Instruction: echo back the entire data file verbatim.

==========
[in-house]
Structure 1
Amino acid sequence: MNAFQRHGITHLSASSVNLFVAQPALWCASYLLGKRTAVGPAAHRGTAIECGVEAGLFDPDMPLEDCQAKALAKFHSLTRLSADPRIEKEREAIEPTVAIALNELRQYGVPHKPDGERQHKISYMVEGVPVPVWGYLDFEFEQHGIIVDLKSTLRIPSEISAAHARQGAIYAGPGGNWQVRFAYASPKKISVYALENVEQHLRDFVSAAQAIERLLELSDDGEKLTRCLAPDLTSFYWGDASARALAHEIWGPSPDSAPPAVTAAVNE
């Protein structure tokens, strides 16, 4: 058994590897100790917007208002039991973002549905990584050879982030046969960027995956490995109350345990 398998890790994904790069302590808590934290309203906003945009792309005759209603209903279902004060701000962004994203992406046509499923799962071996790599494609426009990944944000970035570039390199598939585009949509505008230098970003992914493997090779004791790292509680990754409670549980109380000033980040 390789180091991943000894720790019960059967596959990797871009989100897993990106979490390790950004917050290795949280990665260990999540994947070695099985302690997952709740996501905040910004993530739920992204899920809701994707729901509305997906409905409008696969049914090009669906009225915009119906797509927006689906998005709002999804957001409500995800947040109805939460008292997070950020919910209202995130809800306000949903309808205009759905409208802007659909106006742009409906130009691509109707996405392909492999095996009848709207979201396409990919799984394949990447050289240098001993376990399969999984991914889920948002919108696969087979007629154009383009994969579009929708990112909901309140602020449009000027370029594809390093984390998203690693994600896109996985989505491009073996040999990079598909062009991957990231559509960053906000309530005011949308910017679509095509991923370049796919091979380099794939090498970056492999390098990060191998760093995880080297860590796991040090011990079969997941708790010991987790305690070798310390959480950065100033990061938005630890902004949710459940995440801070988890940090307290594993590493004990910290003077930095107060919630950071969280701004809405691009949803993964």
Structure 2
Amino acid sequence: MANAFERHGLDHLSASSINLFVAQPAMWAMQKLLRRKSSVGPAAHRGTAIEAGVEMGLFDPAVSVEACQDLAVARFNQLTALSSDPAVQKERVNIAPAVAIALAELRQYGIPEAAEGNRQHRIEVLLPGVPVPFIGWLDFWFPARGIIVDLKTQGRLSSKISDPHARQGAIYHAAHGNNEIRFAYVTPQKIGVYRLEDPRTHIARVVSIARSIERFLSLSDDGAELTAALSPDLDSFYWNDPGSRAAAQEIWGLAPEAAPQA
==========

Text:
[in-house]
Structure 1
Amino acid sequence: MNAFQRHGITHLSASSVNLFVAQPALWCASYLLGKRTAVGPAAHRGTAIECGVEAGLFDPDMPLEDCQAKALAKFHSLTRLSADPRIEKEREAIEPTVAIALNELRQYGVPHKPDGERQHKISYMVEGVPVPVWGYLDFEFEQHGIIVDLKSTLRIPSEISAAHARQGAIYAGPGGNWQVRFAYASPKKISVYALENVEQHLRDFVSAAQAIERLLELSDDGEKLTRCLAPDLTSFYWGDASARALAHEIWGPSPDSAPPAVTAAVNE
């Protein structure tokens, strides 16, 4: 058994590897100790917007208002039991973002549905990584050879982030046969960027995956490995109350345990 398998890790994904790069302590808590934290309203906003945009792309005759209603209903279902004060701000962004994203992406046509499923799962071996790599494609426009990944944000970035570039390199598939585009949509505008230098970003992914493997090779004791790292509680990754409670549980109380000033980040 390789180091991943000894720790019960059967596959990797871009989100897993990106979490390790950004917050290795949280990665260990999540994947070695099985302690997952709740996501905040910004993530739920992204899920809701994707729901509305997906409905409008696969049914090009669906009225915009119906797509927006689906998005709002999804957001409500995800947040109805939460008292997070950020919910209202995130809800306000949903309808205009759905409208802007659909106006742009409906130009691509109707996405392909492999095996009848709207979201396409990919799984394949990447050289240098001993376990399969999984991914889920948002919108696969087979007629154009383009994969579009929708990112909901309140602020449009000027370029594809390093984390998203690693994600896109996985989505491009073996040999990079598909062009991957990231559509960053906000309530005011949308910017679509095509991923370049796919091979380099794939090498970056492999390098990060191998760093995880080297860590796991040090011990079969997941708790010991987790305690070798310390959480950065100033990061938005630890902004949710459940995440801070988890940090307290594993590493004990910290003077930095107060919630950071969280701004809405691009949803993964």
Structure 2
Amino acid sequence: MANAFERHGLDHLSASSINLFVAQPAMWAMQKLLRRKSSVGPAAHRGTAIEAGVEMGLFDPAVSVEACQDLAVARFNQLTALSSDPAVQKERVNIAPAVAIALAELRQYGIPEAAEGNRQHRIEVLLPGVPVPFIGWLDFWFPARGIIVDLKTQGRLSSKISDPHARQGAIYHAAHGNNEIRFAYVTPQKIGVYRLEDPRTHIARVVSIARSIERFLSLSDDGAELTAALSPDLDSFYWNDPGSRAAAQEIWGLAPEAAPQA